Gay Dad Life

Foster Care is a Marathon, Not a Sprint, Say These Gay Dads

Be ready to approach the foster care process with lots of patience, say these gay dads

Together over 18 years, Derek, an accountant, and David, a therapist and college professor, spent a long time waiting for the dream of a family to come true. They met through a mutual friend in the summer of 1999 in Boone, North Carolina, and now live in Newton, NC. Married in 2010, it wasn't till mid-2016 that they met their then 3-year-old son, Malachi. Here's their story.


Derek and David began thinking about fatherhood many years ago. They knew they wanted to be parents, but did not want to have a child while the Defense of Marriage Act (DOMA), which forbid federal recognition of same-sex marriages, was law and risk only one parent having legal protection. So they decided to wait. When DOMA fell in 2013, the husbands heard the news on the way to the Atlanta Pride parade and immediately the conversation of kids was brought back to the table. By 2015, they were licensed foster parents, and then began the real waiting.

"We would get phone calls about children meeting our criteria weekly it seemed," said Derek. "For whatever circumstance or other they never would fit or [they would] be placed with another family very quickly. We went through the emotional ups and downs a lot!"

It wasn't till halfway through 2016 that, through a series of events that Derek and David describe as fate, a social worker reached out to the dads-to-be about a child who they thought would be a good match. After meeting the child's social worker, guardian and adoption specialist, they met Malachi a couple of weeks later. By September 2016, he had moved in with his dads.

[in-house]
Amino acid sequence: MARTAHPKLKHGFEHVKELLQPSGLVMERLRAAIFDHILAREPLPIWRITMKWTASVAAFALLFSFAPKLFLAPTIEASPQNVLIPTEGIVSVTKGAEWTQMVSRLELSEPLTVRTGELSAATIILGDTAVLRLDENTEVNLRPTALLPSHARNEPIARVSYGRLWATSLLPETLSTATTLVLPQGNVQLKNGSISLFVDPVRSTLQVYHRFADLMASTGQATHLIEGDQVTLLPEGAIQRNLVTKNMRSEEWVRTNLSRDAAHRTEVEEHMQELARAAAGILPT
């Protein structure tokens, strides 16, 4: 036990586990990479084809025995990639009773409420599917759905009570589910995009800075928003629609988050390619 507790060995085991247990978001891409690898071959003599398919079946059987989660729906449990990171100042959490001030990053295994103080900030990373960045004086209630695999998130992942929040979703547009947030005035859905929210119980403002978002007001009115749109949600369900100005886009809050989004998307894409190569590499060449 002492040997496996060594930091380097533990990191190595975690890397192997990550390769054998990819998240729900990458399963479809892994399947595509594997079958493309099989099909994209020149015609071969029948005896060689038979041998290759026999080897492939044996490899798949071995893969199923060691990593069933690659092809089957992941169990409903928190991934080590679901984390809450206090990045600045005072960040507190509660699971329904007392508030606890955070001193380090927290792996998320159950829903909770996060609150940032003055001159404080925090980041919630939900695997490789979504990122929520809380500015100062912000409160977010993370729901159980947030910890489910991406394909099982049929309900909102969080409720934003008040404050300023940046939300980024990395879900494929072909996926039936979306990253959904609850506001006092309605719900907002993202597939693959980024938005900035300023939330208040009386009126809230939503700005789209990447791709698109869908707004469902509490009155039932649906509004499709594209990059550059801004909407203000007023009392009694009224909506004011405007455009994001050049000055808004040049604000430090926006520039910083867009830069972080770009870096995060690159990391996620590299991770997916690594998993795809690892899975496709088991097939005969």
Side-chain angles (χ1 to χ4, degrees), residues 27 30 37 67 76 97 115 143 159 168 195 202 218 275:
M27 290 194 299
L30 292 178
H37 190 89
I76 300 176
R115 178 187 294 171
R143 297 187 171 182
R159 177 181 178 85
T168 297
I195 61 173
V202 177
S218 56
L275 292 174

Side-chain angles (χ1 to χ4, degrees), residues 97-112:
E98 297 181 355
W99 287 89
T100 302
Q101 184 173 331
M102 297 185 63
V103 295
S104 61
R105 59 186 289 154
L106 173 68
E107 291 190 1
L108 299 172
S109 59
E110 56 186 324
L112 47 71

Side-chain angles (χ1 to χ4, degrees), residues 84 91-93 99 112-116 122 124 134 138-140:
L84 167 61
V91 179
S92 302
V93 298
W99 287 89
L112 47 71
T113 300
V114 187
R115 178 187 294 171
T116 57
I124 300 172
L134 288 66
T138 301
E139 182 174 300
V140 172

We caught up with Derek and he shared their family's story.

Tell us about your path to fatherhood. We considered all options. We looked into private adoption as well as surrogacy. We ultimately decided there were children in our home state that needed a loving home.

Tell us about any obstacles you faced on your path to fatherhood. Hardest parts of our journey was the waiting. We would get a call that a child matching our preferences was available. We would say yes, and before we could get back to the agency representing the child, they would be placed somewhere else.

How has your life changed since you became a father? Life has completely changed. We made a choice to be parents and we no longer go out to clubs, keep crazy hours, etc. our focus is on family time.

How did you and David find the adjustment of becoming dads after it being just the two of you for so long? Adjustment was something else. Yes, David and I had some struggles taking into consideration that we now were responsible and had to factor a tiny human into our plans every weekend, where we ate, and just the logistics. Privacy - what's that? Our son is one that always wants to be where we are. Whether it's in the living room watching T.V. or trying to use the restroom. Transitioning from getting to snooze that extra few minutes to now, where we barely make it out the door on time to drop off at daycare, get coffee, and pull into the office for me or make it to class before the final bell for David is a remarkable feat. Although, if I am completely honest, we love it. We have dreamed of being parents, and our son makes us young.

Photo credit: Orange Cat Photo, Dana Andreasson

What have you learned from your child since you became a dad? Patience. We have also learned that what our parents did doesn't always work. Times are different and children respond differently. My parents had a firm hand and strict rules while we have rules but not necessarily a firm hand.

Was there ever a moment that you or David experienced any serious doubts about your path to fatherhood or fatherhood itself. We agreed we would not pursue being parents unless we could both be a part of the adoption. We also struggled with the thought that we would not be considered for placement of a child because we are a same-sex couple. We knew that when the Supreme Court ruling was handed down we would be protected to start our process.